Yesterday, I explored the use of the ThrowOnTimeout attribute of ColdFusion's CFLock tag. I had always assumed that settings this attribute to False would cause ColdFusion to skip over the CFLock tag body upon timeout; it was nice to finally confirm that this assumption was accurate. In the closing notes to that post, I had mentioned that one place that I use this approach was to prevent ColdFusion scheduled tasks from overlapping their execution. I figured I would write a quick follow-up on that idea.
| || || || || |
| || |
| || || |
Most of the time, ColdFusion scheduled tasks don't do too much processing; sometimes, however, they do a lot of processing! This is especially true for any kind of FTP of mail-based data processing. In such cases, it is possible that the duration of a given scheduled task will be longer than the interval in which it executes. In such cases, I often don't want a scheduled task to execute while its previous incarnation is still running. To create this behavior without having to rely on any globally accessible application flags, I use ColdFusion's CFLock tag.
By wrapping my entire scheduled task's entry point in an exclusive, named lock, I can prevent parallel execution attempts from interfering with one another.
- When executing a scheduled task, I use a CFLock tag to
- prevent multiple calls to the scheduled task from overlapping.
- By using a 1-second timeout, this scheduled task will be
- skipped if it is still running.
- NOTE: Do not use a timeout of "0" - that only delegates the
- timeout setting to the ColdFusion administrator.
- Here is where you would execute your scheduled task
- algorithm. For demo puroposes, we're just going to
- pause to simulate hard work.
- duration="#(3 * 1000)#"
- <!--- Output debug comment. --->
- Task Executed!<br />
- <br />
- <!--- Output confirmation comment. --->
- Scheduled task complete.<br />
In the above code, there's a few things to take note of; first, I am using a named lock. This keeps the lock specific to this scheduled task and this scheduled task only. As part of the name, I use the current template path; just as with your ColdFusion Application name, this approach allows for like-named scheduled tasks in different applications to act independently. Remember, named locks are ColdFusion-instance-specific, not application-specific.
This combination of exclusive access, a one second timeout, and the directive to not throw an error upon timeout allows ColdFusion to skip over this CFLock tag if it is currently executing in a previous thread. I use a one second timeout rather than a zero second timeout because a zero second timeout doesn't actually mean zero seconds; rather, it simply defers the timeout duration to whatever setting is defined within the ColdFusion administrator.
Sometimes, I have individual URLs for my scheduled tasks; sometimes, I use a single-point of entry for all of my scheduled tasks (either via subsequent CFHTTP or CFThread execution); in either case, this approach works well - you might just have to adjust where you place your CFLock tags. If you use a single-point of entry, you don't want unrelated tasks to affect each other's execution.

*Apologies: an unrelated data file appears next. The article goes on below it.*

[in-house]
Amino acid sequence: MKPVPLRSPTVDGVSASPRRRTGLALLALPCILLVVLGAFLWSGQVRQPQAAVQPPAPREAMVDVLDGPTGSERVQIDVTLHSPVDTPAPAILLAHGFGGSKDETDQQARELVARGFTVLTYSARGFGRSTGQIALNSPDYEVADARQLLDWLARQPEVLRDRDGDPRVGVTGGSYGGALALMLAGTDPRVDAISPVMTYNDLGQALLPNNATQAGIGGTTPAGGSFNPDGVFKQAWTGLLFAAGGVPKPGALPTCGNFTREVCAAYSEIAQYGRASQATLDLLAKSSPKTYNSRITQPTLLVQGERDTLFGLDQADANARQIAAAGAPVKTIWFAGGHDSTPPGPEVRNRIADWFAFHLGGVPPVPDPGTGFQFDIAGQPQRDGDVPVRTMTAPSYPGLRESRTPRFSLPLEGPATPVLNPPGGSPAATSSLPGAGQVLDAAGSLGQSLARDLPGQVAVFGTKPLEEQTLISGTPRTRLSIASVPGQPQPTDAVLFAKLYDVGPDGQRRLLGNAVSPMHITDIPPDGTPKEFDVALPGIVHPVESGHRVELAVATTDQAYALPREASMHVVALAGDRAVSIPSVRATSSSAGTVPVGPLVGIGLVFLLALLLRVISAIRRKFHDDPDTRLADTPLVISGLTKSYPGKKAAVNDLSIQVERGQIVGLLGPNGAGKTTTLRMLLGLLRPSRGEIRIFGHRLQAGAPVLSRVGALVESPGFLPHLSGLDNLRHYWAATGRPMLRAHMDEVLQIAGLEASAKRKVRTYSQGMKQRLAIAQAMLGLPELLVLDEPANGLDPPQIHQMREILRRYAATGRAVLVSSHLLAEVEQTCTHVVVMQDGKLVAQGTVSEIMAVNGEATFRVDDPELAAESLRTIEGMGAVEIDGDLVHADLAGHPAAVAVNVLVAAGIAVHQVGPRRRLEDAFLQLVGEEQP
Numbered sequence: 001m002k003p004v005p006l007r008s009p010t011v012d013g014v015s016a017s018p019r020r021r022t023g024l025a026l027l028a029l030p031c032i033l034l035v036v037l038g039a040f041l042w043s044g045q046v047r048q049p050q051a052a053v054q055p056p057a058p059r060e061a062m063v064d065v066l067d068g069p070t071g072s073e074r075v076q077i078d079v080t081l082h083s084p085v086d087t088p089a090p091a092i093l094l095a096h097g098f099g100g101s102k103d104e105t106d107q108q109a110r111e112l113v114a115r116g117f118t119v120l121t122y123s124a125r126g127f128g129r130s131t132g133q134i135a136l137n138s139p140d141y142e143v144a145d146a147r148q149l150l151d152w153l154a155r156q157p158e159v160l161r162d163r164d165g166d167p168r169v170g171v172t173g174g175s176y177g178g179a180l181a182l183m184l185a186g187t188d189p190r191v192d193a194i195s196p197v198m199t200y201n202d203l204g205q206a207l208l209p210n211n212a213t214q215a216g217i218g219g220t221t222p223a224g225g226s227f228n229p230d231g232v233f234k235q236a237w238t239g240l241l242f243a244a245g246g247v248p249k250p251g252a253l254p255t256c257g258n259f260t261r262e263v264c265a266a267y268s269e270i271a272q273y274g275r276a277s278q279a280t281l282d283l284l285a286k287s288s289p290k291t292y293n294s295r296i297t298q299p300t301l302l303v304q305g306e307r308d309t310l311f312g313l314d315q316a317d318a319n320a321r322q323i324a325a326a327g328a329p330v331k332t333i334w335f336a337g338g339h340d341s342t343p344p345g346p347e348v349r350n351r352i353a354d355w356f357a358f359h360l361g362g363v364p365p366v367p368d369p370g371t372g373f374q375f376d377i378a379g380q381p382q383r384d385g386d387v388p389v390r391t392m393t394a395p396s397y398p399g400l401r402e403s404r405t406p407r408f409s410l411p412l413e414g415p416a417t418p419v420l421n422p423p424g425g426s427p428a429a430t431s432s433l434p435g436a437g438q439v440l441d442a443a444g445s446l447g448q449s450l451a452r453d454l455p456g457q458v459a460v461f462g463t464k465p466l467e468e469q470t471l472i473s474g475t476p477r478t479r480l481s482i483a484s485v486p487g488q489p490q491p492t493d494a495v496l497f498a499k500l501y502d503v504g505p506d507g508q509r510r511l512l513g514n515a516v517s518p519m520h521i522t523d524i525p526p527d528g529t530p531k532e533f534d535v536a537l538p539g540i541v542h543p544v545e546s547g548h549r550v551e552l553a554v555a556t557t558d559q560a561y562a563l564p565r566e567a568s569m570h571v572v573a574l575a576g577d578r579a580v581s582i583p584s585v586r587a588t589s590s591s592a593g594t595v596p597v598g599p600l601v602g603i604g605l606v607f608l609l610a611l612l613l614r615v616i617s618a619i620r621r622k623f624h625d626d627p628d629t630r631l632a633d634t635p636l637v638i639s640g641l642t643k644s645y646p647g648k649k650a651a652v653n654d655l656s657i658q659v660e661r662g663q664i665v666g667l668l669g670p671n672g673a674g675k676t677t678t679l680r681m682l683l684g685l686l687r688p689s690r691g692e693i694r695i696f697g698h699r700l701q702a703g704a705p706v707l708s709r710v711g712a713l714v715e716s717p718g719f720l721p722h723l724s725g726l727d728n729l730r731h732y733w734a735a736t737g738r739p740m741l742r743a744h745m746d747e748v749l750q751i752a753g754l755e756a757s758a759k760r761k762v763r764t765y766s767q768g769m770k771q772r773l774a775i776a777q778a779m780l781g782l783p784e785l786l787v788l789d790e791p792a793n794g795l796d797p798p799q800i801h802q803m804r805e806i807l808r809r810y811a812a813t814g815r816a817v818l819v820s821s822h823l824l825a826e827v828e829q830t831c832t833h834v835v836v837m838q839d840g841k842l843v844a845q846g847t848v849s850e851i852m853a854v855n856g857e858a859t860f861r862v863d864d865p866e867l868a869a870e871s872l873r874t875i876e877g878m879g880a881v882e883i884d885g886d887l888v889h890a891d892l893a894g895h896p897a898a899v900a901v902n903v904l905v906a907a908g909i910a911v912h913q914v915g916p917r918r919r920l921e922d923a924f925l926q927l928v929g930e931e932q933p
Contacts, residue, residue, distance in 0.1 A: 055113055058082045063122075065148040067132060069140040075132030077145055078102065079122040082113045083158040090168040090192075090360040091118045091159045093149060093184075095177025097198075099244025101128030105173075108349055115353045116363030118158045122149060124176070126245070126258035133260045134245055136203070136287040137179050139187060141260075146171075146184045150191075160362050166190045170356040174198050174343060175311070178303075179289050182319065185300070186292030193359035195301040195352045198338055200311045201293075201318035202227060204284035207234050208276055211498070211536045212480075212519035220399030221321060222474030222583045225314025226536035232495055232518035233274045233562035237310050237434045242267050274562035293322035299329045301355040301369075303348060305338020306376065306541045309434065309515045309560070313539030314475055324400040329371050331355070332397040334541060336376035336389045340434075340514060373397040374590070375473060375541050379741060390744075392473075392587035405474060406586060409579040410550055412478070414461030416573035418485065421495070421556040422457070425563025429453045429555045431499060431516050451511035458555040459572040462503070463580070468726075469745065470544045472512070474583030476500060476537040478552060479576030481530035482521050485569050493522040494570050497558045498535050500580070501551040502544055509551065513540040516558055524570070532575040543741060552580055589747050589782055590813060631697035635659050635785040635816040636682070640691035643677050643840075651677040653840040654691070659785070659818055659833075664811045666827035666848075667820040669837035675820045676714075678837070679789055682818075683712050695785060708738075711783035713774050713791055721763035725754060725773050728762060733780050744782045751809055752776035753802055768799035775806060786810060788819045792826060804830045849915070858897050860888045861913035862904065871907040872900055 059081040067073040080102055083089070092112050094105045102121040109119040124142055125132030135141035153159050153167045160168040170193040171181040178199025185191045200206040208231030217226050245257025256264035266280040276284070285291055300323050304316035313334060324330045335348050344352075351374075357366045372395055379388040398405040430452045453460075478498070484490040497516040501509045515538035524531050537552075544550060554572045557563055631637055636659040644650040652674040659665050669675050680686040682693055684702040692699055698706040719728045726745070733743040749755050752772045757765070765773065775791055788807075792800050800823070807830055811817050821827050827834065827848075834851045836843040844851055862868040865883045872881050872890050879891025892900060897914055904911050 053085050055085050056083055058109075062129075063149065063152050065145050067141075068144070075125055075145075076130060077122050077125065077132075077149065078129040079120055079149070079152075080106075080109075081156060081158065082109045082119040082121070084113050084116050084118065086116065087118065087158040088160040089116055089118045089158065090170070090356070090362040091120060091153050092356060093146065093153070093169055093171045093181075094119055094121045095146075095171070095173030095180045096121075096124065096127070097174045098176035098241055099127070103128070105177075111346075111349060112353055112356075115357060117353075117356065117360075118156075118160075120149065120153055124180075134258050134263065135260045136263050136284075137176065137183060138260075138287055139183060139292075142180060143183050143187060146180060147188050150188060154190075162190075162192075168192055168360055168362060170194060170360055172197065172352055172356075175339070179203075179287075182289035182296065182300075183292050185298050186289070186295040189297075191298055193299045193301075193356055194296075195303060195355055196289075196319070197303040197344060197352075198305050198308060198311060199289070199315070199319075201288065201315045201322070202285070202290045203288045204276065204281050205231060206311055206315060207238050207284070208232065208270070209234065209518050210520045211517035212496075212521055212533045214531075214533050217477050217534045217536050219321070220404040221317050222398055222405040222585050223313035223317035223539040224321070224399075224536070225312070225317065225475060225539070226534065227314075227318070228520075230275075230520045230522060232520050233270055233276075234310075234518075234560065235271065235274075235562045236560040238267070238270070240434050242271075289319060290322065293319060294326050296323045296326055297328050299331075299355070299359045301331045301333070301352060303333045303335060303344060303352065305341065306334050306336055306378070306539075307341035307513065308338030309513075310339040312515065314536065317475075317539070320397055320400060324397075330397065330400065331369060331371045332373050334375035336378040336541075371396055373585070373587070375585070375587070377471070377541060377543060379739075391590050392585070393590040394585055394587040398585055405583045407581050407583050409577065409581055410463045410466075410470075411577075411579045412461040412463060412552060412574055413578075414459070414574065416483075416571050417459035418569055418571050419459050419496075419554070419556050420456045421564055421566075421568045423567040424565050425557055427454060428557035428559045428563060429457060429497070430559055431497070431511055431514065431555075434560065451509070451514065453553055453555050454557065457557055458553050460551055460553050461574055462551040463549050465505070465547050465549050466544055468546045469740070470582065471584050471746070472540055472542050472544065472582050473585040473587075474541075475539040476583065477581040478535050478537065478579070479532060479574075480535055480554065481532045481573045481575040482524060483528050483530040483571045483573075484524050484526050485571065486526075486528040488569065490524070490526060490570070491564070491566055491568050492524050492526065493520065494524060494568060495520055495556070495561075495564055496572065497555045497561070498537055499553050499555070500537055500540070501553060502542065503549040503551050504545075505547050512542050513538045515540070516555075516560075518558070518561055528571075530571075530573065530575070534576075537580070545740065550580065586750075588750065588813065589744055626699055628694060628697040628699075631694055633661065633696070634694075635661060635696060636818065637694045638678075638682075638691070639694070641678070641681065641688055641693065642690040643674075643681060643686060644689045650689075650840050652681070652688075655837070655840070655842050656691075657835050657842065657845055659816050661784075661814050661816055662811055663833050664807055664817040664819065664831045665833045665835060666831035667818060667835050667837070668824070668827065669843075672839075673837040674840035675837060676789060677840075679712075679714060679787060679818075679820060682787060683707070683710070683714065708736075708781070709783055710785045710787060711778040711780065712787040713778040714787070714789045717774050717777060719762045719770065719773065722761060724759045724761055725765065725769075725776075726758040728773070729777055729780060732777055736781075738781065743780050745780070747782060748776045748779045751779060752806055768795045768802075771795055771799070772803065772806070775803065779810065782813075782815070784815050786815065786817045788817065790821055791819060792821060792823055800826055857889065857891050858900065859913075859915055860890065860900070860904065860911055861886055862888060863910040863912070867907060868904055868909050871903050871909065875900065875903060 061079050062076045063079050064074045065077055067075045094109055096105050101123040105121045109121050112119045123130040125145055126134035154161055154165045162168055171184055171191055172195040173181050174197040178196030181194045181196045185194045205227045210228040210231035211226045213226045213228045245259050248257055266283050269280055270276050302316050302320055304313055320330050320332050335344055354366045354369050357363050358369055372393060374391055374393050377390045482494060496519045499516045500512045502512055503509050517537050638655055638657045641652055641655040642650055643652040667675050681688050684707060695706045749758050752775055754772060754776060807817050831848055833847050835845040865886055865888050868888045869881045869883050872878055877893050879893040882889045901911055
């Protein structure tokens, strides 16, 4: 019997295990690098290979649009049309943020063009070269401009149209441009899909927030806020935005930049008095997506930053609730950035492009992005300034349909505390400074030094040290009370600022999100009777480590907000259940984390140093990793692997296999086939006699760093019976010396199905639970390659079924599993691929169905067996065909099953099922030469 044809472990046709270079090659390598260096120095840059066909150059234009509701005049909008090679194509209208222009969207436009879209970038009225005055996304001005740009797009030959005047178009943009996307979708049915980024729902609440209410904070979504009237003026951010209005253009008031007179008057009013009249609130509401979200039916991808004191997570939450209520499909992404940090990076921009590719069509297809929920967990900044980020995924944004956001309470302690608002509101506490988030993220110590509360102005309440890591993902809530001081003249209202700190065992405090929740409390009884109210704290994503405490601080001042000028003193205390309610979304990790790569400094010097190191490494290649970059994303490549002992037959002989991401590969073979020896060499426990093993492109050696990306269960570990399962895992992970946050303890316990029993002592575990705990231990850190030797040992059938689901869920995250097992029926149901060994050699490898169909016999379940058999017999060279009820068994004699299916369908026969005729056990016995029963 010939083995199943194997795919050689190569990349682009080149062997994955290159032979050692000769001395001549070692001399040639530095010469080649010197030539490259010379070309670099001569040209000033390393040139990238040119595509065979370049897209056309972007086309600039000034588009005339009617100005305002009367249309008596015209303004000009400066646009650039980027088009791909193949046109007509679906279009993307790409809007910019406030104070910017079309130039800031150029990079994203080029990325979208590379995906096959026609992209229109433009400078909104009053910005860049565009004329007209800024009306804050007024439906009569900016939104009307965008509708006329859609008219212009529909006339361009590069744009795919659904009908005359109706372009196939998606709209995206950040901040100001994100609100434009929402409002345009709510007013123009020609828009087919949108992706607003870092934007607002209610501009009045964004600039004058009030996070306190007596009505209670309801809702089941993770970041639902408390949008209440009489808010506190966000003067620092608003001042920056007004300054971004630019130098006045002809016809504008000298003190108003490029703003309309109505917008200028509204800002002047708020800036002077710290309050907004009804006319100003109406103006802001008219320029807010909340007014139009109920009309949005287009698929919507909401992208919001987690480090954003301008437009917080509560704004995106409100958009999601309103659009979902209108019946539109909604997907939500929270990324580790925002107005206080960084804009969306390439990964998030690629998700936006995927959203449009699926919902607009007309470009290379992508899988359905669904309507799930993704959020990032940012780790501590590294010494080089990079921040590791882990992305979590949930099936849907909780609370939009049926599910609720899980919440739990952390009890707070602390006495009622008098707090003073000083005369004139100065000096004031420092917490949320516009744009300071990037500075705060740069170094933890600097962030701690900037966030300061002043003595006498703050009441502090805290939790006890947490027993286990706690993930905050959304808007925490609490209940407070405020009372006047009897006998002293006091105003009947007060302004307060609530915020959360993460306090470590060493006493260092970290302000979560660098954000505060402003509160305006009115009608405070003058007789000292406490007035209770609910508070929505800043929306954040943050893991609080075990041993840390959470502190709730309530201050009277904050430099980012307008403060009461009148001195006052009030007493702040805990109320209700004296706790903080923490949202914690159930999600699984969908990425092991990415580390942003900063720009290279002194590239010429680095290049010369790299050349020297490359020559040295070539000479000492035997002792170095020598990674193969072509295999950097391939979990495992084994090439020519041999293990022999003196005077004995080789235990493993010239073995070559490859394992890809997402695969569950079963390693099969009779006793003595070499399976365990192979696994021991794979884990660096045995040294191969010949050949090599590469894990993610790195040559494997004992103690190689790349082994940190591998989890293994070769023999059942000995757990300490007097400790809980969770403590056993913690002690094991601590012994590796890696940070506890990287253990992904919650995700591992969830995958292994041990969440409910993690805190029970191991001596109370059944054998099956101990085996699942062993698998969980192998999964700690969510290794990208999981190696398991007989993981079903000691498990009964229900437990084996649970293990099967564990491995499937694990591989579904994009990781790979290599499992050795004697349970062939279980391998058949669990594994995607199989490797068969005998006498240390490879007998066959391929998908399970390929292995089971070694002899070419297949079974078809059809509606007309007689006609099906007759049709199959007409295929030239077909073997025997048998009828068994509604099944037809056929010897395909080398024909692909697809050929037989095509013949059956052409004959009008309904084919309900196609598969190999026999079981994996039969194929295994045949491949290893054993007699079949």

While I know this approach is overkill for most types of scheduled tasks, I have found it to be useful to do just out of habit. Something about it just makes me feel more comfortable - I know that I'm not going to be overloading the server too much processing. Anyway, I thought this might be helpful to someone.
Looking For A New Job?
- Full Stack Angular/Rails Engineer @ newly funded Health-IT startup at Dorsata
- Part-time remote DBA needed at Bridge
- Senior Developer Wanted for International Cloud Company at Giva, Inc.
- ColdFusion Developer - jQuery, PrimeUI, ORACLE DB at ComSpec International, Inc.
- Jr. ColdFusion Developer - Full Time / Telecommuting is ok. at InterCoastal Net Designs
Hi Ben thanks for this post. I've run into this issue recently whereby a large travel client has lots of external synchronization processes running on 15 minute timers to keep traveller data up to date. With more and more travellers being added sometimes up to 5,000 traveller profiles may be synchronized in bulk and this will take longer than the 15 min interval, causing the task to run again over the top.
Also this sync url used by the scheduled tasks can also be manually called from the CMS to perform traveller sync's where necessary and this adds even more complexity as they may attempt the sync over the top of the scheduled background sync???
I'll give this method a go and hopefully this fixes my issue :)
Oh just wondering if you knew of a way to monitor a currently running scheduled task or thread so i could throw useful information back to the UI to show that a sync is currently still executing?
This approach has been great for me! I use it in scheduled tasks - I even use it inside CFThread if it has to do with long-running tasks that can be invoked before they have completed. Really saves the day.
As far as monitoring the scheduled tasks, I guess you would need something like FusionReactor for that; I am not too familiar with that stuff.
Good idea Ben, thanks!
This place is a great resource for myself and team. Thanks!
I have a question, we use SeeFusion and we're getting some hung processes (ST that run every 15 seconds) with an exclusive cflock so once it hangs, any future process won't.
Ben, thank you for this information! I tried it and it works.
Have a nice day!
Dear Ben, excellent piece of code.
my question, think you wd prepare printouts for a web-shop. deliverynotes and invoices.
and this just runs from the same printout.cfm
just controlled by a variable doctype IN or DN.
so we want to prevent IN running multiple and DN multiple; BUT printout.cfm?doctype=IN and
printout.cfm?doctype=DN is wanted to be parallel for 24/7. wd the code be "different" enough as using those variable... to have success with your cflock example???
best regds & thanks.